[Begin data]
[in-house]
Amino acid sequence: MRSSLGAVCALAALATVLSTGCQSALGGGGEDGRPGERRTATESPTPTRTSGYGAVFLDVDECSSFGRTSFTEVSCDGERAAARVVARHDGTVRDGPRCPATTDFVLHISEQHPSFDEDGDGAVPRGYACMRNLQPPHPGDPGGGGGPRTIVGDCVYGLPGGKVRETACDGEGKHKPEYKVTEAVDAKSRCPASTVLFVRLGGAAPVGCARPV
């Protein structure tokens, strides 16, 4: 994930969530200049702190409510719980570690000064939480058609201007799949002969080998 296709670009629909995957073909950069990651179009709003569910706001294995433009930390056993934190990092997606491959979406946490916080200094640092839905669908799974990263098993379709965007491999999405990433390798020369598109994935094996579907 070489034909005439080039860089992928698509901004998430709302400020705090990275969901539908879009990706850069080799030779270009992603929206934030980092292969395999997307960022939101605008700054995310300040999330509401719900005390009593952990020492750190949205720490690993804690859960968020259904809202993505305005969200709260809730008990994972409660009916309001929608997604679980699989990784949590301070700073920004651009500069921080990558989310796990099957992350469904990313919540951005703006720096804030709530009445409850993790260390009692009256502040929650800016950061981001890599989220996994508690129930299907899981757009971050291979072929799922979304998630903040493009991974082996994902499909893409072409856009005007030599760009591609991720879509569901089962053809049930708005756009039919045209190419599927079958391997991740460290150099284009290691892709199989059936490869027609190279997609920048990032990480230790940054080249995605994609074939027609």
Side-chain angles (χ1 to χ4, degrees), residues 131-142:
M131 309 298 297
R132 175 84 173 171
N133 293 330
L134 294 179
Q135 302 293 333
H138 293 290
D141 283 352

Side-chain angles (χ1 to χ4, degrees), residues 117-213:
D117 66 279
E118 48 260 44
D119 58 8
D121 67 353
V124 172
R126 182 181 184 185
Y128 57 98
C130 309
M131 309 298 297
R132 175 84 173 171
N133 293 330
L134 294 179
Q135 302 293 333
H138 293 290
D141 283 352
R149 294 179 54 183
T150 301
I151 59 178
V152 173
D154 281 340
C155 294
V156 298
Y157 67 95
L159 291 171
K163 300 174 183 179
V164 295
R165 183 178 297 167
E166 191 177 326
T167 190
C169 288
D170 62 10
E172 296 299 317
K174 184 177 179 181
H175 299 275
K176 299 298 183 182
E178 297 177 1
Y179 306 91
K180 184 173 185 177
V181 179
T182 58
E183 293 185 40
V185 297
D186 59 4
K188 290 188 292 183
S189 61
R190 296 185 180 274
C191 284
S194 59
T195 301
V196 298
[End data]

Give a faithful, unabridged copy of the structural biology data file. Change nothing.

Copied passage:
[in-house]
Amino acid sequence: MRSSLGAVCALAALATVLSTGCQSALGGGGEDGRPGERRTATESPTPTRTSGYGAVFLDVDECSSFGRTSFTEVSCDGERAAARVVARHDGTVRDGPRCPATTDFVLHISEQHPSFDEDGDGAVPRGYACMRNLQPPHPGDPGGGGGPRTIVGDCVYGLPGGKVRETACDGEGKHKPEYKVTEAVDAKSRCPASTVLFVRLGGAAPVGCARPV
């Protein structure tokens, strides 16, 4: 994930969530200049702190409510719980570690000064939480058609201007799949002969080998 296709670009629909995957073909950069990651179009709003569910706001294995433009930390056993934190990092997606491959979406946490916080200094640092839905669908799974990263098993379709965007491999999405990433390798020369598109994935094996579907 070489034909005439080039860089992928698509901004998430709302400020705090990275969901539908879009990706850069080799030779270009992603929206934030980092292969395999997307960022939101605008700054995310300040999330509401719900005390009593952990020492750190949205720490690993804690859960968020259904809202993505305005969200709260809730008990994972409660009916309001929608997604679980699989990784949590301070700073920004651009500069921080990558989310796990099957992350469904990313919540951005703006720096804030709530009445409850993790260390009692009256502040929650800016950061981001890599989220996994508690129930299907899981757009971050291979072929799922979304998630903040493009991974082996994902499909893409072409856009005007030599760009591609991720879509569901089962053809049930708005756009039919045209190419599927079958391997991740460290150099284009290691892709199989059936490869027609190279997609920048990032990480230790940054080249995605994609074939027609």
Side-chain angles (χ1 to χ4, degrees), residues 131-142:
M131 309 298 297
R132 175 84 173 171
N133 293 330
L134 294 179
Q135 302 293 333
H138 293 290
D141 283 352

Side-chain angles (χ1 to χ4, degrees), residues 117-213:
D117 66 279
E118 48 260 44
D119 58 8
D121 67 353
V124 172
R126 182 181 184 185
Y128 57 98
C130 309
M131 309 298 297
R132 175 84 173 171
N133 293 330
L134 294 179
Q135 302 293 333
H138 293 290
D141 283 352
R149 294 179 54 183
T150 301
I151 59 178
V152 173
D154 281 340
C155 294
V156 298
Y157 67 95
L159 291 171
K163 300 174 183 179
V164 295
R165 183 178 297 167
E166 191 177 326
T167 190
C169 288
D170 62 10
E172 296 299 317
K174 184 177 179 181
H175 299 275
K176 299 298 183 182
E178 297 177 1
Y179 306 91
K180 184 173 185 177
V181 179
T182 58
E183 293 185 40
V185 297
D186 59 4
K188 290 188 292 183
S189 61
R190 296 185 180 274
C191 284
S194 59
T195 301
V196 298